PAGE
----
Like Gollum himself, the “Lord of the Rings” trilogy hinges on the tender meeting place between technology and acting. They function in symbiosis both propelling the story, neither capable of standing without the other. Like it’s predecessor, the performances in “The Two Towers” give the film gravity in the environments of Middle Earth.
Ian McKellen is painfully absent from much of “The Two Towers,” making each moment he is on screen that much more of a treat. Elijah Wood’s big eyes more and more resemble Gollum each time we return to him. Where “Fellowship” was Frodo’s movie, “The Two Towers” is wholly Aragorn’s. The future king of men is played wonderfully by Viggo Mortensen, who brings legitimate humanity to the role. Aside from Gollum, the film’s best introduction is Theoden, king of Rohan. Bernard Hill’s king is misguided and blind to reality, resembling Lear at some corners, and Arthur at others. Brad Dourif’s Wormtongue and Christopher Lee’s Sauruman are more than adequate manifestations of human corruptibility.
Surprisingly powerful are the sequences between Arwen Evenstar (Liv Tyler) and Aragorn. While not contained within the actual text of “The Two Towers,” much of the love story between the two is outlined in the work’s appendices. From those appendices, writers Jackson, Fran Walsh, Phillipa Boyens and newcomer Stephen Sinclair adapt the love story beautifully, placing it in “Towers” as a series of flashbacks, memories and dreams.
Despite Jackson reliance on familiar character archetypes (the anti-hero, the comic relief), the bond between Aragorn, Gimli and Legolas is established perfectly in “Towers.” Viewers get a sense of this comaraderie, whether through jokes between characters, or Legolas staunch defense of Gimli in the face of the Riders of Rohan.
Howard Shore’s score is responsible for as much of Middle Earth’s atmosphere as the film’s visuals. In addition to the revisitation of themes from “Fellowship,” Shore has crafted a new series of themes tracking the fractured fellowship into the world of men. The violin theme of the Rohan plains almost equal the melody “The Ring Goes South” from “Fellowship.”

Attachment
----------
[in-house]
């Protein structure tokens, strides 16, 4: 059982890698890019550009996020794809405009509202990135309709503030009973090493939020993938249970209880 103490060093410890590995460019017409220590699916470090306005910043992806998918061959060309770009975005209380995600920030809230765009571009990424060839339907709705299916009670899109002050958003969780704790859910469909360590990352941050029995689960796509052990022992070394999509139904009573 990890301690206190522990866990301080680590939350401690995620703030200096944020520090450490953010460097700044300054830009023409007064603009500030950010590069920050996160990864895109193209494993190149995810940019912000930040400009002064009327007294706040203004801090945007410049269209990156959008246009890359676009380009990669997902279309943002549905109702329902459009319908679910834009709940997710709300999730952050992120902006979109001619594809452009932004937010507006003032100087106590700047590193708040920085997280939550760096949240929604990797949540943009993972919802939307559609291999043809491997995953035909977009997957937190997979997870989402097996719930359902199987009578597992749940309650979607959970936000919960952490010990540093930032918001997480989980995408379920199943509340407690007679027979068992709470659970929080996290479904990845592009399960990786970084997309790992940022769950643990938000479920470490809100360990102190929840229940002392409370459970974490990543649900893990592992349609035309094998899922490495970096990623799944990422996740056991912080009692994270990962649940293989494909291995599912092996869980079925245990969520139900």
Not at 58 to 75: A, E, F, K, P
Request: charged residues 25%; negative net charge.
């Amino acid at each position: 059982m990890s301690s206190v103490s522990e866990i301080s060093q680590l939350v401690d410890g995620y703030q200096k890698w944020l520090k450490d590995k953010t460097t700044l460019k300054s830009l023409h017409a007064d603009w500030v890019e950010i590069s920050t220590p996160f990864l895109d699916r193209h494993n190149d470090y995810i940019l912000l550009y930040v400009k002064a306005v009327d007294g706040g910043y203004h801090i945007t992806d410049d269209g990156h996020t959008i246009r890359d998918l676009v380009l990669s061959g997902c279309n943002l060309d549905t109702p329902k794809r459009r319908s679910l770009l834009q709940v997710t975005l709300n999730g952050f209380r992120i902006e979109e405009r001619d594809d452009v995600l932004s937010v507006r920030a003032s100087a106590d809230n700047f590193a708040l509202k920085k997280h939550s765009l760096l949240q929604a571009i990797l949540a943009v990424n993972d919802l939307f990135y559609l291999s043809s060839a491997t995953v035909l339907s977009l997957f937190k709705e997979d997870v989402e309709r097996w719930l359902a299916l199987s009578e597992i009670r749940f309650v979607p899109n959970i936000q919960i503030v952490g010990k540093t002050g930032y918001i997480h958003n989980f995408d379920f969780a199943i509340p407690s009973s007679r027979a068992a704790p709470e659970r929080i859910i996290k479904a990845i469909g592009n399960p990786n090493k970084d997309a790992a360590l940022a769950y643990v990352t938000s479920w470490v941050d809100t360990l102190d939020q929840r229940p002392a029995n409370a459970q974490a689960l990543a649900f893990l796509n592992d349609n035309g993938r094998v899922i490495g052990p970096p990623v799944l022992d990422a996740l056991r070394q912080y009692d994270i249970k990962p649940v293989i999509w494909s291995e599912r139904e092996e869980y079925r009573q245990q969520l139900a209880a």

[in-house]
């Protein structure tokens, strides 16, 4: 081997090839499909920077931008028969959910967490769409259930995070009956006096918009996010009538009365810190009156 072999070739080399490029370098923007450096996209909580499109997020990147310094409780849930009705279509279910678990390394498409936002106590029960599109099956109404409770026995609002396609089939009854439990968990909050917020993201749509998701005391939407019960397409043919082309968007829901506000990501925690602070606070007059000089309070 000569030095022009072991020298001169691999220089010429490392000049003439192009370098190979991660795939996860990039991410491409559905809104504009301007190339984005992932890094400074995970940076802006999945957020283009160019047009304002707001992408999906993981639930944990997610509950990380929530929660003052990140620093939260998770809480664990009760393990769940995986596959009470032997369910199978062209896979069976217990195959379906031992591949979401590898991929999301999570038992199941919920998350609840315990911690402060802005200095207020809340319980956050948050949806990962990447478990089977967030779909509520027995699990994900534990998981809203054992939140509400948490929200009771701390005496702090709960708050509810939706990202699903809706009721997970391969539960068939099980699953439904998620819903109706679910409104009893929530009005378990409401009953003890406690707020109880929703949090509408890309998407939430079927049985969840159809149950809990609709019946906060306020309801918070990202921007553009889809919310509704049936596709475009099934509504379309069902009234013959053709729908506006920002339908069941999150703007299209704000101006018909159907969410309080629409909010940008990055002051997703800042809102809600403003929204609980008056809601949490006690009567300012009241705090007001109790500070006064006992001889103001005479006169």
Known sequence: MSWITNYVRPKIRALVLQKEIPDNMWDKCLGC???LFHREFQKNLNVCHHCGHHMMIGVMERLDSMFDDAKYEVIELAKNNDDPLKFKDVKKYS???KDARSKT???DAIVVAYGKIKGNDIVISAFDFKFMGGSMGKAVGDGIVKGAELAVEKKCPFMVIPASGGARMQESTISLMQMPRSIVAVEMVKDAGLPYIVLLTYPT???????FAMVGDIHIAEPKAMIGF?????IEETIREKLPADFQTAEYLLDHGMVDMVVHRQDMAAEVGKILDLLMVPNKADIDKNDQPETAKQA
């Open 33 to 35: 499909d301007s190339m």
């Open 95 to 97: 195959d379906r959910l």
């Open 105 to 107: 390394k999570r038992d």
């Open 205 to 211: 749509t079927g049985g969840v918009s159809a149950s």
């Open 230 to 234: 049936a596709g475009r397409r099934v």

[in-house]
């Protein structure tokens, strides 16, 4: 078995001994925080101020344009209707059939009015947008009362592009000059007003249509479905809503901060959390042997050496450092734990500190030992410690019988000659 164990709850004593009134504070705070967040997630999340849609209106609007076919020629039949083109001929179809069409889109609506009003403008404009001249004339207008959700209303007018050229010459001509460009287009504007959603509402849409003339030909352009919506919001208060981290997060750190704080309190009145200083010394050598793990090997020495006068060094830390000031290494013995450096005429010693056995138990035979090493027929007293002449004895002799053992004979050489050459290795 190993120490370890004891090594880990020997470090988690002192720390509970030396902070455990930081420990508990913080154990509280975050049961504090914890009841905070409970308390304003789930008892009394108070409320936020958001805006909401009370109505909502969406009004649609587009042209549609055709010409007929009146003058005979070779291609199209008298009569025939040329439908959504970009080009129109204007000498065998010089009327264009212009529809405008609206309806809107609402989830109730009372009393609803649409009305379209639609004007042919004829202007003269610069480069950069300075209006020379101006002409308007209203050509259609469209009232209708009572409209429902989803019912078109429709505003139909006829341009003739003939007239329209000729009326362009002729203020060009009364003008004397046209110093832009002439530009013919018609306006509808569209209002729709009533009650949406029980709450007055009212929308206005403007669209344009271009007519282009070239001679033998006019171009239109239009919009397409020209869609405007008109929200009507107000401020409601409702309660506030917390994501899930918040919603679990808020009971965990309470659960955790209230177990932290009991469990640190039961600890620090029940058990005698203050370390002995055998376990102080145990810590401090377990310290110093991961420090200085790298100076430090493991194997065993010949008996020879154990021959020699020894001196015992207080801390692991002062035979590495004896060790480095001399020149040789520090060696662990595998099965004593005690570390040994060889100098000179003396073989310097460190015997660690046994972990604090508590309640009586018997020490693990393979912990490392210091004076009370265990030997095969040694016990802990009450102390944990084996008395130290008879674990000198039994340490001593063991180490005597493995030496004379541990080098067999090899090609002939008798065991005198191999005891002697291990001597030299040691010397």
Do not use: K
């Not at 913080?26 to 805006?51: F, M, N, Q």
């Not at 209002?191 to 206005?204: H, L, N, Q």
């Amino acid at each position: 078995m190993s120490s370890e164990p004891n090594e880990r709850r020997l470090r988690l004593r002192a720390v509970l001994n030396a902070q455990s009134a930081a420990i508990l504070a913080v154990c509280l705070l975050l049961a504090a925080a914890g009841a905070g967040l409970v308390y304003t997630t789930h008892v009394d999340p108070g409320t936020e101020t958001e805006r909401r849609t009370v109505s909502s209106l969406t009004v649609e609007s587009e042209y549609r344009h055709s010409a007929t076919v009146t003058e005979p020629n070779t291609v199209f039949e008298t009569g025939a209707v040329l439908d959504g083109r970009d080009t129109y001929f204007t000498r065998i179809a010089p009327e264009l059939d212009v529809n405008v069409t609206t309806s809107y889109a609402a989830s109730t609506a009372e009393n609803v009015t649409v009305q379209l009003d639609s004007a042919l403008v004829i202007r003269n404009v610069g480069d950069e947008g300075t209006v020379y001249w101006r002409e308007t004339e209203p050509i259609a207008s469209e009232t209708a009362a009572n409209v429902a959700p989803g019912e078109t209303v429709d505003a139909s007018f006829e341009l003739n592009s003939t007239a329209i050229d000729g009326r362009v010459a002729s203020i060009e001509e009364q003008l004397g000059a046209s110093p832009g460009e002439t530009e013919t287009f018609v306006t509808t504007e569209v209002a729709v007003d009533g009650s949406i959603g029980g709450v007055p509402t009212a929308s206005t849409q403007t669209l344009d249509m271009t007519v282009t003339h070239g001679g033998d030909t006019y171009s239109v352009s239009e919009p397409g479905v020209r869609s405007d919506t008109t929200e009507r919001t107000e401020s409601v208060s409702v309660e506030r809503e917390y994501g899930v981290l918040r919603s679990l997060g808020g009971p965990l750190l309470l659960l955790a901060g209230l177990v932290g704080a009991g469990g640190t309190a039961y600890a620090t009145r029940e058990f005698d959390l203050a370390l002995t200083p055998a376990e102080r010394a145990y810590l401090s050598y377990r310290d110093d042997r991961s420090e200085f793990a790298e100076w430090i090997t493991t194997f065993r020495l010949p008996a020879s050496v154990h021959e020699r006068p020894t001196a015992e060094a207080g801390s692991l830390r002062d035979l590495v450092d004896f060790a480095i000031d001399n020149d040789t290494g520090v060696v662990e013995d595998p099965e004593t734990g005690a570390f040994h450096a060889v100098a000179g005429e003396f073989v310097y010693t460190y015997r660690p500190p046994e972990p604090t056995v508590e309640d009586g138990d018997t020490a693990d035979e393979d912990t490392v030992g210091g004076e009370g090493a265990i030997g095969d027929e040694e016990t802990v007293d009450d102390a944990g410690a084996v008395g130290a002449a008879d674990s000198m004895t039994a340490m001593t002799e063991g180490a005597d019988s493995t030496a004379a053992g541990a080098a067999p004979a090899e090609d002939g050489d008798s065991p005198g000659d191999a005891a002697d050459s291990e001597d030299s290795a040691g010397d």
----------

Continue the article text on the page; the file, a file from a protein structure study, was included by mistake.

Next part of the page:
“The Two Towers” is not above reproach. The quality and cinematography is on par with “Fellowship” (as well it should be, the trilogy was filmed concurrently). But, the story of “The Two Towers” isn’t as compelling as “The Fellowship of the Ring.” This is no fault of Jackson’s, or that of anyone involved in the project. The middle “Lord of the Rings” film isn’t nearly as emotive as the first film. There are no moments rivaling an empty, solitary Frodo wishing the ring had never come to him while Gandalf’s voice echoes in his mind. There is nothing comparable to the moments in the wake of Gandalf’s fall into shadow, and certainly nothing on par with Boromir’s death.
The battle of Helm’s Deep, an incredible sight to behold (and largely the product of the computer program MASSIVE) shows Uruks moving too quickly up ladders, looking somewhat jerky, erratic, and unfortunately, generated. Which is not to say that the sequence isn’t an amazing portion of an even more amazing film – but it is flawed.
Even more than last year’s “Fellowship,” the narrative of Tolkien’s “The Two Towers” needed a makeover in order to succeed on film. Were it simply a strict adaptation, the battle of Helm’s Deep would’ve wrapped up midway throughout with the latter half of “Towers” being Frodo, Sam and Gollum’s approach toward Mordor. Criticizing Jackson’s interpretation and selective editing of Tolkien’s text is fruitless. The changes made to the text only improved it, making an otherwise un-filmable book an inconceivable filmic masterwork.